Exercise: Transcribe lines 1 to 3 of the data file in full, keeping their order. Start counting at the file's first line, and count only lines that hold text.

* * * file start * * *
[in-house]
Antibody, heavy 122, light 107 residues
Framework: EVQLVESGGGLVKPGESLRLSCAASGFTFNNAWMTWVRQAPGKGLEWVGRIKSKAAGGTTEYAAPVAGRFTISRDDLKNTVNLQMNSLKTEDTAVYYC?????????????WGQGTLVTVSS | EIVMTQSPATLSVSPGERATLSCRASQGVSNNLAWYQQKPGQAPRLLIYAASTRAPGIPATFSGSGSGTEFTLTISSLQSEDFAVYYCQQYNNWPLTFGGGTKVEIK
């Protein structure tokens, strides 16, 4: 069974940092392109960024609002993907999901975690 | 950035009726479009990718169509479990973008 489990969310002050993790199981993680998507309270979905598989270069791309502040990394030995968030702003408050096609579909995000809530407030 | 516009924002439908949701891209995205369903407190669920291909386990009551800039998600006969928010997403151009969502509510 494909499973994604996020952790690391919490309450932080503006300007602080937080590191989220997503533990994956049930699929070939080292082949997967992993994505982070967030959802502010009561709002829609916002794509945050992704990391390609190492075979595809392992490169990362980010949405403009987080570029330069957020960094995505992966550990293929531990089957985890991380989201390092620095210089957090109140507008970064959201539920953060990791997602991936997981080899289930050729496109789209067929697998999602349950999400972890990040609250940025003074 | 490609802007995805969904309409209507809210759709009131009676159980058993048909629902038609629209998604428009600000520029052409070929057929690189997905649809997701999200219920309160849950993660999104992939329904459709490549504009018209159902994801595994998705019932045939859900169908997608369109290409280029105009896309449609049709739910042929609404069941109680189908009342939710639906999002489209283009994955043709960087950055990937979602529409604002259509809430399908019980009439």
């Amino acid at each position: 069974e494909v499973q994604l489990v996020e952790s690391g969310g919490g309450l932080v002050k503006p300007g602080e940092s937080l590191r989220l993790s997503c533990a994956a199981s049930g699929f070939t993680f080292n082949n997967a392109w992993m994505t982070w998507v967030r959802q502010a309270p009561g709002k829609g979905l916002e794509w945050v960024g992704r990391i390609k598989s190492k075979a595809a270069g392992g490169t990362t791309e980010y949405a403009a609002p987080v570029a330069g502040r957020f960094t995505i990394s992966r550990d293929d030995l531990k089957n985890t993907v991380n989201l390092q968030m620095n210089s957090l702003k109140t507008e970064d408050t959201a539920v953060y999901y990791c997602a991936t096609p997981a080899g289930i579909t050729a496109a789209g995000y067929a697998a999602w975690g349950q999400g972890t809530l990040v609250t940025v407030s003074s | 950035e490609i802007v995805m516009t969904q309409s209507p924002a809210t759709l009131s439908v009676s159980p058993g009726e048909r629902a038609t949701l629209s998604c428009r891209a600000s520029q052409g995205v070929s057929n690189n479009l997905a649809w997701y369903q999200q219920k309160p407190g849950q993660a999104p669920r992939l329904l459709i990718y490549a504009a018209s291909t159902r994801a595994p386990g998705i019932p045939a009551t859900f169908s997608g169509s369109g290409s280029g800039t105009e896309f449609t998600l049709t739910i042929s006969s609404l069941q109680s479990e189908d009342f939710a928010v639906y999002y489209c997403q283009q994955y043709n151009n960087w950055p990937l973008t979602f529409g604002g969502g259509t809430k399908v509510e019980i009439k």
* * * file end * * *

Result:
[in-house]
Antibody, heavy 122, light 107 residues
Framework: EVQLVESGGGLVKPGESLRLSCAASGFTFNNAWMTWVRQAPGKGLEWVGRIKSKAAGGTTEYAAPVAGRFTISRDDLKNTVNLQMNSLKTEDTAVYYC?????????????WGQGTLVTVSS | EIVMTQSPATLSVSPGERATLSCRASQGVSNNLAWYQQKPGQAPRLLIYAASTRAPGIPATFSGSGSGTEFTLTISSLQSEDFAVYYCQQYNNWPLTFGGGTKVEIK